A special reminder that we will be doing episode 400 live on video and with audience participation on March 28, 2022 at noon Eastern daylight time. So, mark your calendar and when the time comes, use this link* to join the audience:

https://riverside.fm/studio/the-cyberlaw-podcast-400

See you there!

*Please note that using this link on a

  • Troops and sanctions and accusations are coming thick and fast in Ukraine as we record the podcast. Michael Ellis draws on his past experience at the National Security Council (NSC) to guess how things are going at the White House, and we both speculate on whether the conflict will turn into a cyberwar that

The Federal Trade Commission’s (FTC) other foot, I argue, is lodged firmly in its mouth. Tatyana Bolton defends the agency, which released what can only be described as a regulatory blog post in response to the log4j vulnerability, invoking the $700 million in fines imposed on Equifax to threatening “to use its full legal

One of the good things about coming back from Christmas break are all the deep analyses that news outlets save up to publish over the holidays – especially those they can report from countries where celebrating Christmas isn’t that big a deal. At least that’s how I account for the flood of deep media

Two major Senate committees have reached agreement on a cyber incident reporting mandate. And it looks like the big winner are the business lobbyists who got concessions from both committees. At least that’s my take. Dmitri Alperovitch says the bill may still be in trouble because of Justice Department opposition. And Tatyana Bolton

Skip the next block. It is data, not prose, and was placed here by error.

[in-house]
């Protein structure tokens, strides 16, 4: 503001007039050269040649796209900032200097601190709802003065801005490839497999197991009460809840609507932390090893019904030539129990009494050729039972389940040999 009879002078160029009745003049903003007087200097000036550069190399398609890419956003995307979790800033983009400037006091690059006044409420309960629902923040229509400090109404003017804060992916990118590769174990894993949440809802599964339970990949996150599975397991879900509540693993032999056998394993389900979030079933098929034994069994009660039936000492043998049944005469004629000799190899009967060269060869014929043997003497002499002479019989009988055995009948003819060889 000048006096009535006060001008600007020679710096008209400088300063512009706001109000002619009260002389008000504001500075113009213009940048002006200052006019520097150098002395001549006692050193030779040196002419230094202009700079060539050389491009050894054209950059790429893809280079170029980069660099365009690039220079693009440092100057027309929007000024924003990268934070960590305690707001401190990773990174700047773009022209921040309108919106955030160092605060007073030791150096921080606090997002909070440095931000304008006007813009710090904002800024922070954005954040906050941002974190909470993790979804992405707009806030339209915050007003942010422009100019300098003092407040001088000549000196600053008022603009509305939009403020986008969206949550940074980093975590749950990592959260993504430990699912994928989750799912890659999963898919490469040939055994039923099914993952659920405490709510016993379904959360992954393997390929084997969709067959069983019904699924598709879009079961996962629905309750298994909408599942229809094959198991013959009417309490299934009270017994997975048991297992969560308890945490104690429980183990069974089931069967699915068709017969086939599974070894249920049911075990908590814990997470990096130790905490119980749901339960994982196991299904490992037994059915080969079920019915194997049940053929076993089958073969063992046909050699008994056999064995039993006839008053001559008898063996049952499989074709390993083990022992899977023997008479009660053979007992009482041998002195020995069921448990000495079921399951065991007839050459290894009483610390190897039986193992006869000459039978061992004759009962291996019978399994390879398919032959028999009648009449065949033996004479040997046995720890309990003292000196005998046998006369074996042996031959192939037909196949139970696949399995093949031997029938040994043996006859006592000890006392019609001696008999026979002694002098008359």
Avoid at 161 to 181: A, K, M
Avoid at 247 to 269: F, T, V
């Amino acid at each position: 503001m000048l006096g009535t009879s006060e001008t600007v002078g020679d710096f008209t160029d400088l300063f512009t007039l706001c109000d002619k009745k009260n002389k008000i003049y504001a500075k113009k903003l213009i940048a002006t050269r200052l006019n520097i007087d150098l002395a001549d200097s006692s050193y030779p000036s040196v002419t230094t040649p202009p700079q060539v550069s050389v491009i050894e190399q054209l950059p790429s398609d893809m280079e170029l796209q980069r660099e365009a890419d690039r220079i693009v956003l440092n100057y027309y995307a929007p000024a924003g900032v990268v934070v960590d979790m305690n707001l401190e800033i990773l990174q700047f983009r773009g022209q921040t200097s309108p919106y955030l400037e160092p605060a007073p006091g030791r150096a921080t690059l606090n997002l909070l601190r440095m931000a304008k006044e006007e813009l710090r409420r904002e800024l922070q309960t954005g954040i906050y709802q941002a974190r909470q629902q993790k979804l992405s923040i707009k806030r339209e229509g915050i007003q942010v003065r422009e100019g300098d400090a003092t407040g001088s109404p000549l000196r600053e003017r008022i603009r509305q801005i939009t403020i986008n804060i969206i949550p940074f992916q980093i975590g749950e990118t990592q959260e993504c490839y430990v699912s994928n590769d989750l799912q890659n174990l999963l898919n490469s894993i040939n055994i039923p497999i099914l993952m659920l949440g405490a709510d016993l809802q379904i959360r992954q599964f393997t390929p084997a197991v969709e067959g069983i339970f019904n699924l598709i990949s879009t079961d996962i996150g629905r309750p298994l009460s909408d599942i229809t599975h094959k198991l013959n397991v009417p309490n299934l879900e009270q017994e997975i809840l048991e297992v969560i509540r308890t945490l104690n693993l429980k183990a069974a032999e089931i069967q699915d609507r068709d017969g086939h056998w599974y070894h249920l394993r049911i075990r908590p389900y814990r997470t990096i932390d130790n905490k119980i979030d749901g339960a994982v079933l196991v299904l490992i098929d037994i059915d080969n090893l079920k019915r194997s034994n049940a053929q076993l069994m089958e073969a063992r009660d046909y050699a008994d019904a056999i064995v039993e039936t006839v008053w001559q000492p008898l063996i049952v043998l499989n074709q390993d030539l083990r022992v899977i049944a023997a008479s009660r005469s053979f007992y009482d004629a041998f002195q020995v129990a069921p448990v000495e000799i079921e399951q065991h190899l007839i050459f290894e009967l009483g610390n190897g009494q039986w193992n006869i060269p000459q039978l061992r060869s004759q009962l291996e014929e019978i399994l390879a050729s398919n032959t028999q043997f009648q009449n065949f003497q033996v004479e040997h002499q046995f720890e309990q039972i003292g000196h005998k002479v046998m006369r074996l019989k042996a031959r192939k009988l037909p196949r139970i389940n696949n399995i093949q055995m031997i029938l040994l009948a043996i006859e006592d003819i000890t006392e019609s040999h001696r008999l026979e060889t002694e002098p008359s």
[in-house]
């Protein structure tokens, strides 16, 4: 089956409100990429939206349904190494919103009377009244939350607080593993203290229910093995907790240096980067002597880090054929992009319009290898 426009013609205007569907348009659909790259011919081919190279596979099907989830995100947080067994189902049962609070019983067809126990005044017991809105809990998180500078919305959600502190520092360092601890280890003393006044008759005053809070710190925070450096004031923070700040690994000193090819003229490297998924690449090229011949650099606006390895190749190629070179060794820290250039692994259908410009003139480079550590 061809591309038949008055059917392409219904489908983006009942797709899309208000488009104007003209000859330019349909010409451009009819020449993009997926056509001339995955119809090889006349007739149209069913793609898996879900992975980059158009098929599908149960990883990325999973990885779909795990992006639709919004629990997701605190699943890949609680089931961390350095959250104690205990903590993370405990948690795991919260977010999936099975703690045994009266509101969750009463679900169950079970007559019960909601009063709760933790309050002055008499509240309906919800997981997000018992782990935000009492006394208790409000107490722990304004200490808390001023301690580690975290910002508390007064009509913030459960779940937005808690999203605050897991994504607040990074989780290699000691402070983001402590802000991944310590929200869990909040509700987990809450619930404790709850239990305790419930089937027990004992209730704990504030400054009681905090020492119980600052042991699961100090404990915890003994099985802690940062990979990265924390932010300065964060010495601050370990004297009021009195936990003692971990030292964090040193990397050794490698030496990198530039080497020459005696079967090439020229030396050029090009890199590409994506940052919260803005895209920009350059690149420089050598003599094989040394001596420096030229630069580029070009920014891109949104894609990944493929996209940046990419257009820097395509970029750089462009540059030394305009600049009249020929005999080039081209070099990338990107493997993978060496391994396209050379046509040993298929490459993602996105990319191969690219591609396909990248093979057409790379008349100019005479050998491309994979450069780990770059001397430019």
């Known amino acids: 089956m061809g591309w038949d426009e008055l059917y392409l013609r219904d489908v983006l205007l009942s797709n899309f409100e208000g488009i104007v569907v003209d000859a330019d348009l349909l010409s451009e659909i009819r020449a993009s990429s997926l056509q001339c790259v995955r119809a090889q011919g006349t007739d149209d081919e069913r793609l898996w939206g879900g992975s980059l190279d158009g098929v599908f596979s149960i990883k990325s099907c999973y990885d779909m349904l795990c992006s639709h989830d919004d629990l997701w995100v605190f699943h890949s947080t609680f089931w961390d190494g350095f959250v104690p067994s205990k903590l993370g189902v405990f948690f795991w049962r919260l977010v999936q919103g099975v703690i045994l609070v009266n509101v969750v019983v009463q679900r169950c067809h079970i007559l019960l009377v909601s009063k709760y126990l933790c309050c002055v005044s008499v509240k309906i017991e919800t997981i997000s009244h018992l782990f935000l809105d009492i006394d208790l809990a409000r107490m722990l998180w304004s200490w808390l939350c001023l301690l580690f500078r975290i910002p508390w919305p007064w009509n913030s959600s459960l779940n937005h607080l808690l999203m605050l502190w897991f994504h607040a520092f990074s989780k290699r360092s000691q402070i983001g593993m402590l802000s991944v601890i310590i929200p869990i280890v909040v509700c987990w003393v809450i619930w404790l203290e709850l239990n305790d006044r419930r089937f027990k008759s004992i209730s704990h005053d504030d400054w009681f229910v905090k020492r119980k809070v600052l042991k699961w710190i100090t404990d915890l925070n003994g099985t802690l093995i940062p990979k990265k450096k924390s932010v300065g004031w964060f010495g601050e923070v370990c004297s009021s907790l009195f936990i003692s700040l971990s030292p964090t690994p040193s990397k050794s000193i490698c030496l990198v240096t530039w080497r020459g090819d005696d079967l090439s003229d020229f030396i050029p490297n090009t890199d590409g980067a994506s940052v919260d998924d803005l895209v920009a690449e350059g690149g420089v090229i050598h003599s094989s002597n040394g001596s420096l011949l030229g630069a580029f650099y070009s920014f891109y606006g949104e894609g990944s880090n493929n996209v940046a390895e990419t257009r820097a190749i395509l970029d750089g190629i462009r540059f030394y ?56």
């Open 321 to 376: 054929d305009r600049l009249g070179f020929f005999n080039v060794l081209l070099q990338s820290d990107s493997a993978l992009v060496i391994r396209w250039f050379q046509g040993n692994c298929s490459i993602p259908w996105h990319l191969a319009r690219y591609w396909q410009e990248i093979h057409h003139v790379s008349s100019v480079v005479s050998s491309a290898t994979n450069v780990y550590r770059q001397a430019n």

We begin the episode with Michael Ellis taking a close look at the takedown of the ransomware gang. It’s a good story for the good guys, as REvil seems to have been brought down by the same tactic it used against so many of its victims – malware that lingered in the backups

The theme of this episode is a surge of creativity in the Biden administration as it searches for ways to regulate cybersecurity and cryptocurrency without new legislative authority. Paul Rosenzweig lays out the Department of Homeland Security’s entries in the creativity sweepstakes: New (and frankly pretty modest) cybersecurity directives to the rail and air

The Biden administration’s effort to counter ransomware may not be especially creative, but it is comprehensive. The administration is pushing all the standard buttons on the interagency dashboard, including the usual high-level task force and a $10 million reward program (but not including hackback authority for victims, despite headlines suggesting otherwise. And all the

This episode offers an economical overview of the six antitrust reform bills reported out of the House Judiciary Committee last week. Michael Weiner and Mark MacCarthy give us the top line for all six (though only four would make substantial new policy). We then turn quickly to the odd-couple alliances supporting and opposing the

Paul Rosenzweig lays out the much more careful, well-written, and a policy catastrophe in the making. The main problem? It tries to turn one of the most divisive issues in American life into a problem to be solved by technology. Apparently because that has worked so well in areas like content suppression. In fact,